Ascorbic acid is also widely used in the meat vitamin c 7 industry for its antioxidant properties. In cured meats, ascorbic acid can: (1) accelerate color development, (2) inhibit nitrosamine formation, (3) prevent oxidation, and (4) prevent color fading. Ascorbic acid is also used in fresh meat to prevent oxidation and color fading during storage. When ascorbic acid is added to cured meats, it oxidizes to become dehydroascorbic acid. It is this oxidation that accelerates the reduction of nitrosomet-myoglobin to nitrosomyoglobin (Figure 3), which imparts to cured meats their characteristic color. Ascorbic acid can prevent nitrosamine formation in cured meats by reducing nitrate to nitrogen oxide, which will not be able to react with the amines to form nitrosamines (Figure 4). Ascorbic acid also prevents the oxidation of lipids and fats in both raw and cured meat prod- ucts. Lipid oxidation causes the release of many lower-weight molecules, which can impart off- flavors and rancid notes to the meat. By reducing the oxygen in the environment, less oxygen is available to breakdown the lipids. The color of both fresh and cured meats is sensitive to decompo- sition caused by oxidation of the myoglobin in the tissues. Ascorbic acid’s antioxidant action preventsthe myoglobin from oxidizing to metmyoglobin, which has a brown color.

Oils and Fats

The unsaturated long-chain fatty acids present in fats and oils readily oxidize when exposed to heat, light, and air. As in meats, lower molecular weight compounds are formed and impart rancid odors and flavors. Because ascorbic acid is a water soluble compound, it can control these reactions only to a certain extent. The antioxidant effects of ascorbic acid are more apparent in an oil system if ascorbic acid is used in combination with other antioxidants such as tocopherols, BHT, and BHA. In fat systems the use of fat soluble esters of ascorbic acid, such as ascorbyl stearate or ascorbyl palmitate are recommended.

Dough Systems

Ascorbic acid’s ability to improve bread dough has been known since the 1930s. In dough sys- tems, adding ascorbic acid to the flour improves both bread texture and loaf volume. The ascorbic acid is first oxidized to dehydroascorbic acid. Then the reduction of dehydroascorbic acid back to ascorbic acid drives the reaction of sulfhydryl compounds in the gluten to form intermolecular disulfide bonds (Figure 4). It is the network of disulfide bonds formed in the gluten structure that enables the dough to retain carbon dioxide pro- duced by the yeast, which in turn allows for maximum volume and improved texture.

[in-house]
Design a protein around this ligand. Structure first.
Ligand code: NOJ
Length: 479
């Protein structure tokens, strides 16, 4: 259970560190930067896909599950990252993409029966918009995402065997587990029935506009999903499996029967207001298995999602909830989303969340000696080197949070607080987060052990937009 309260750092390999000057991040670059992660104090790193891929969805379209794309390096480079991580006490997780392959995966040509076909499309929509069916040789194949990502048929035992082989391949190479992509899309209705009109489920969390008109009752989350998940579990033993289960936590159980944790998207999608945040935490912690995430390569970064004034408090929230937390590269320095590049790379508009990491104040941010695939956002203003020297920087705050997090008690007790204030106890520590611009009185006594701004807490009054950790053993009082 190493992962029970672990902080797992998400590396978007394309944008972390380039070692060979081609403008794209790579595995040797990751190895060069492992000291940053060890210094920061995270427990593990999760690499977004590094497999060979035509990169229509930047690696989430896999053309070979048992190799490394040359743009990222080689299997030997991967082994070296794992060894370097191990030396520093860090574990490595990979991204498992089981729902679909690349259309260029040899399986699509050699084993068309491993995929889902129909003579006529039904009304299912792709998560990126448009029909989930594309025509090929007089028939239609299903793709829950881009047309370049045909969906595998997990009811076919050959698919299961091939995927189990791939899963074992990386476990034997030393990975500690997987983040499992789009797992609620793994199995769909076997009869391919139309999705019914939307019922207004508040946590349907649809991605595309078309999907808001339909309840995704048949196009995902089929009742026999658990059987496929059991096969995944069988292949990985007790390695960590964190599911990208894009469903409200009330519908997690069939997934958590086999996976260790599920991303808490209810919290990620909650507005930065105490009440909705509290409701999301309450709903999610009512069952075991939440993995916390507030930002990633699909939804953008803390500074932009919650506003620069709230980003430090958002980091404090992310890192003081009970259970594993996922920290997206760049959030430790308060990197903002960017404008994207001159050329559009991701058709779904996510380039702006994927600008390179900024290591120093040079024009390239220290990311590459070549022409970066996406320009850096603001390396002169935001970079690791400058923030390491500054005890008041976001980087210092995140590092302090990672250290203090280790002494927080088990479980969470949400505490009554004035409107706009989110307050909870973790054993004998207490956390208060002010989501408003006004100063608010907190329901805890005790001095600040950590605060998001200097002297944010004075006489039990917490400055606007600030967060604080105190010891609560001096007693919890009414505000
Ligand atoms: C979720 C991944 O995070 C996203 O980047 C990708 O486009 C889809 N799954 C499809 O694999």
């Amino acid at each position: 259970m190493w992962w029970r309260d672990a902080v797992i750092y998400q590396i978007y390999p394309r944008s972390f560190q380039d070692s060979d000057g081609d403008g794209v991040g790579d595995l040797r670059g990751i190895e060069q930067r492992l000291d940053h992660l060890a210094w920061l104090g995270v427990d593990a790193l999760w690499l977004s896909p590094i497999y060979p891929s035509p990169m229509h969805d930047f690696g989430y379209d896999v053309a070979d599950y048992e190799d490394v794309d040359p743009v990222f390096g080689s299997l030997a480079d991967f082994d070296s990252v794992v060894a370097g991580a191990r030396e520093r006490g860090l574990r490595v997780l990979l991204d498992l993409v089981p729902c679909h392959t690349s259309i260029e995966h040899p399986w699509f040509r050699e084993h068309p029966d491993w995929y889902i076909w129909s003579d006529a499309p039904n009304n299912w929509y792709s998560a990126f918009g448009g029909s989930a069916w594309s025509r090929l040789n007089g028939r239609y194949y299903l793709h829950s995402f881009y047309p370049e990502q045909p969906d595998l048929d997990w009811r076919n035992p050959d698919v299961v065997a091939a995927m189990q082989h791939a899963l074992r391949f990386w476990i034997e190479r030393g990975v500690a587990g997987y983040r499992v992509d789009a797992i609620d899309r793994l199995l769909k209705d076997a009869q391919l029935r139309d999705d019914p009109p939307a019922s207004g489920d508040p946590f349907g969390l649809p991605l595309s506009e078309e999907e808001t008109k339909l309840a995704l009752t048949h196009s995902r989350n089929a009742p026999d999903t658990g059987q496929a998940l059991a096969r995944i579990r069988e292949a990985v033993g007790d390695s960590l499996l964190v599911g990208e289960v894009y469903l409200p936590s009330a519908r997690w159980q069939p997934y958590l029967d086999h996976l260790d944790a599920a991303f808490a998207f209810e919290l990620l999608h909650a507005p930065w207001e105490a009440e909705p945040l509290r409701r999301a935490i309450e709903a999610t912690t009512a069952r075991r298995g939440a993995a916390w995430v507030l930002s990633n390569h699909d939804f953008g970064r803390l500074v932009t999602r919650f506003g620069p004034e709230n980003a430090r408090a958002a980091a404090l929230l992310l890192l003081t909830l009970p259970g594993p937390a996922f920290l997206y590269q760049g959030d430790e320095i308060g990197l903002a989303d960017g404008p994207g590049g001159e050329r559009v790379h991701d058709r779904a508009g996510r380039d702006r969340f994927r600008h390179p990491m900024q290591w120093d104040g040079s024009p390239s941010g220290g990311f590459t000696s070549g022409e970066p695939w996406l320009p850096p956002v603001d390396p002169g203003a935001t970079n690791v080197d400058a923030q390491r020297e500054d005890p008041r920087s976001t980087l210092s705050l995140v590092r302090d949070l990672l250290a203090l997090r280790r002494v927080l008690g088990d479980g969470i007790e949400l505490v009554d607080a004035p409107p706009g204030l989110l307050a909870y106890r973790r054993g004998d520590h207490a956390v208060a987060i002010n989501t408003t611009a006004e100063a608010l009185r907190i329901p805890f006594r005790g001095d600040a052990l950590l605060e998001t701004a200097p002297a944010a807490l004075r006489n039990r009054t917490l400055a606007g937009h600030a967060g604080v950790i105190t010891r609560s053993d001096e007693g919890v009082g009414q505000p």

As a nutrient

In addition to its benefits as a processing aid and preservative, ascorbic acid has nutritional value in food products. Fruits, vegetables and juices are primary sources of vitamin C in the diet (Table 2), but during processing and storage, vitamin C losses may occur. Many processors add ascorbic acid to their products to make up for processing losses. Vitamin C may also be added for caloric density fortification, which is the addition of nutrients to a food based on the caloric content, and for stan- dardization. Differences in crops and in processing conditions may affect final vitamin content, and standardization insures that all food products in the same category have the same amount of a particu- lar nutrient per serving. Several studies have shown that airtight and non-light penetrating (brown, amber, opaque) containers are best used to protect vitamin C from degradation. Overages of vitamin C above the label claim are usually necessary to insure label claim compliance after processing and storage. As a nutrient, vitamin C is sold as a dietary supplement. Bulk suppliers such as Beamzen and Purebulk sell supplements in bulk powder form.

Processing with Ascorbic Acid

Ascorbic acid has many applications in the food industry. It is used to reduce browning in fruits and vegetables; as a processing aid and to reduce nitrosamine formation in cured and raw meat products; to reduce the oxidation of fats and lipids; and as a dough conditioner. Ascorbic acid stability is greatly influenced by temperature, oxygen, and metal ion content. Precautions should be used when adding ascorbic acid as a nutrient to processed fruit products: (1) Use stainless steel or plastic manufacturing equipment. (2) Remove as much oxygen as possible from equipment and containers. (3) Use flash heat sterilization and/or add the ascorbic acid as close to the end of thermal processing as possible.


Ascorbic acid will not upgrade poor raw materi- als or cover poor processing techniques, and it should be used in connection with good manufac- turing practices. Standards of identity regulating the amount of vitamin C addition vary for each product must be individually checked.